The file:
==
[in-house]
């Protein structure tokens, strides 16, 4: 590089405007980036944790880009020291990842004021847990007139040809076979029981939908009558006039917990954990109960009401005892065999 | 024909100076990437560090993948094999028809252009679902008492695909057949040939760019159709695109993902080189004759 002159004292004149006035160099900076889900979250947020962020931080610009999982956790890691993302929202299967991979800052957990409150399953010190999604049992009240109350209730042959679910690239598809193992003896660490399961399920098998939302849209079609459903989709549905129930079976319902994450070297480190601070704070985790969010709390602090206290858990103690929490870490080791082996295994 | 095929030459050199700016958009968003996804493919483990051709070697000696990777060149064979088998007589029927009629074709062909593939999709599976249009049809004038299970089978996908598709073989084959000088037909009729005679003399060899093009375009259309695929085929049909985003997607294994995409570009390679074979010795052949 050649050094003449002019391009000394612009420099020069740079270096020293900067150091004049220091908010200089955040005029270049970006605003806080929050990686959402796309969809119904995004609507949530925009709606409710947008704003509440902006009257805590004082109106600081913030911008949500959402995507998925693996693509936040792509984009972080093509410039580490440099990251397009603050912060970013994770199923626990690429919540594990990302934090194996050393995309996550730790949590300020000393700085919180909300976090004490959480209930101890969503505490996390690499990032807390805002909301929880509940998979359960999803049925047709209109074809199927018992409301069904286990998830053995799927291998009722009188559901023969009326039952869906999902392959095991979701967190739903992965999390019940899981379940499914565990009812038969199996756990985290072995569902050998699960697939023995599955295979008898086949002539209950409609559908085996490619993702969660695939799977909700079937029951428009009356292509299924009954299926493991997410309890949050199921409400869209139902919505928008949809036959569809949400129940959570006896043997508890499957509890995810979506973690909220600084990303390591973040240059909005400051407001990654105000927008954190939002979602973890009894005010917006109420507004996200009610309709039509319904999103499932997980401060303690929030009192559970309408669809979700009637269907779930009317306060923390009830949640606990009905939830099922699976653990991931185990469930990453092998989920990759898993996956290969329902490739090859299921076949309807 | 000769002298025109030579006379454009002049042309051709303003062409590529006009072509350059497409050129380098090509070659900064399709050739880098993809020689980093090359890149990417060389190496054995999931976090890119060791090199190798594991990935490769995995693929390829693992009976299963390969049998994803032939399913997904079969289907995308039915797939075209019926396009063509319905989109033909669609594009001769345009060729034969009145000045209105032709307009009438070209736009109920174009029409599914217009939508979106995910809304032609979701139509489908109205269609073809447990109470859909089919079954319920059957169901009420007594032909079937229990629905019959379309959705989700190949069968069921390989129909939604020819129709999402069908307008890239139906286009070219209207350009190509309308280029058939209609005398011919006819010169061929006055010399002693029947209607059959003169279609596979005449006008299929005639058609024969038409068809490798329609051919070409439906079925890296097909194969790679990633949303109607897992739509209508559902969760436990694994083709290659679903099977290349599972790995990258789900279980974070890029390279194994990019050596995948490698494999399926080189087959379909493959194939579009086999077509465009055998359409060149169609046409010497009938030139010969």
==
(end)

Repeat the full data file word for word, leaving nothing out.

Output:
[in-house]
């Protein structure tokens, strides 16, 4: 590089405007980036944790880009020291990842004021847990007139040809076979029981939908009558006039917990954990109960009401005892065999 | 024909100076990437560090993948094999028809252009679902008492695909057949040939760019159709695109993902080189004759 002159004292004149006035160099900076889900979250947020962020931080610009999982956790890691993302929202299967991979800052957990409150399953010190999604049992009240109350209730042959679910690239598809193992003896660490399961399920098998939302849209079609459903989709549905129930079976319902994450070297480190601070704070985790969010709390602090206290858990103690929490870490080791082996295994 | 095929030459050199700016958009968003996804493919483990051709070697000696990777060149064979088998007589029927009629074709062909593939999709599976249009049809004038299970089978996908598709073989084959000088037909009729005679003399060899093009375009259309695929085929049909985003997607294994995409570009390679074979010795052949 050649050094003449002019391009000394612009420099020069740079270096020293900067150091004049220091908010200089955040005029270049970006605003806080929050990686959402796309969809119904995004609507949530925009709606409710947008704003509440902006009257805590004082109106600081913030911008949500959402995507998925693996693509936040792509984009972080093509410039580490440099990251397009603050912060970013994770199923626990690429919540594990990302934090194996050393995309996550730790949590300020000393700085919180909300976090004490959480209930101890969503505490996390690499990032807390805002909301929880509940998979359960999803049925047709209109074809199927018992409301069904286990998830053995799927291998009722009188559901023969009326039952869906999902392959095991979701967190739903992965999390019940899981379940499914565990009812038969199996756990985290072995569902050998699960697939023995599955295979008898086949002539209950409609559908085996490619993702969660695939799977909700079937029951428009009356292509299924009954299926493991997410309890949050199921409400869209139902919505928008949809036959569809949400129940959570006896043997508890499957509890995810979506973690909220600084990303390591973040240059909005400051407001990654105000927008954190939002979602973890009894005010917006109420507004996200009610309709039509319904999103499932997980401060303690929030009192559970309408669809979700009637269907779930009317306060923390009830949640606990009905939830099922699976653990991931185990469930990453092998989920990759898993996956290969329902490739090859299921076949309807 | 000769002298025109030579006379454009002049042309051709303003062409590529006009072509350059497409050129380098090509070659900064399709050739880098993809020689980093090359890149990417060389190496054995999931976090890119060791090199190798594991990935490769995995693929390829693992009976299963390969049998994803032939399913997904079969289907995308039915797939075209019926396009063509319905989109033909669609594009001769345009060729034969009145000045209105032709307009009438070209736009109920174009029409599914217009939508979106995910809304032609979701139509489908109205269609073809447990109470859909089919079954319920059957169901009420007594032909079937229990629905019959379309959705989700190949069968069921390989129909939604020819129709999402069908307008890239139906286009070219209207350009190509309308280029058939209609005398011919006819010169061929006055010399002693029947209607059959003169279609596979005449006008299929005639058609024969038409068809490798329609051919070409439906079925890296097909194969790679990633949303109607897992739509209508559902969760436990694994083709290659679903099977290349599972790995990258789900279980974070890029390279194994990019050596995948490698494999399926080189087959379909493959194939579009086999077509465009055998359409060149169609046409010497009938030139010969």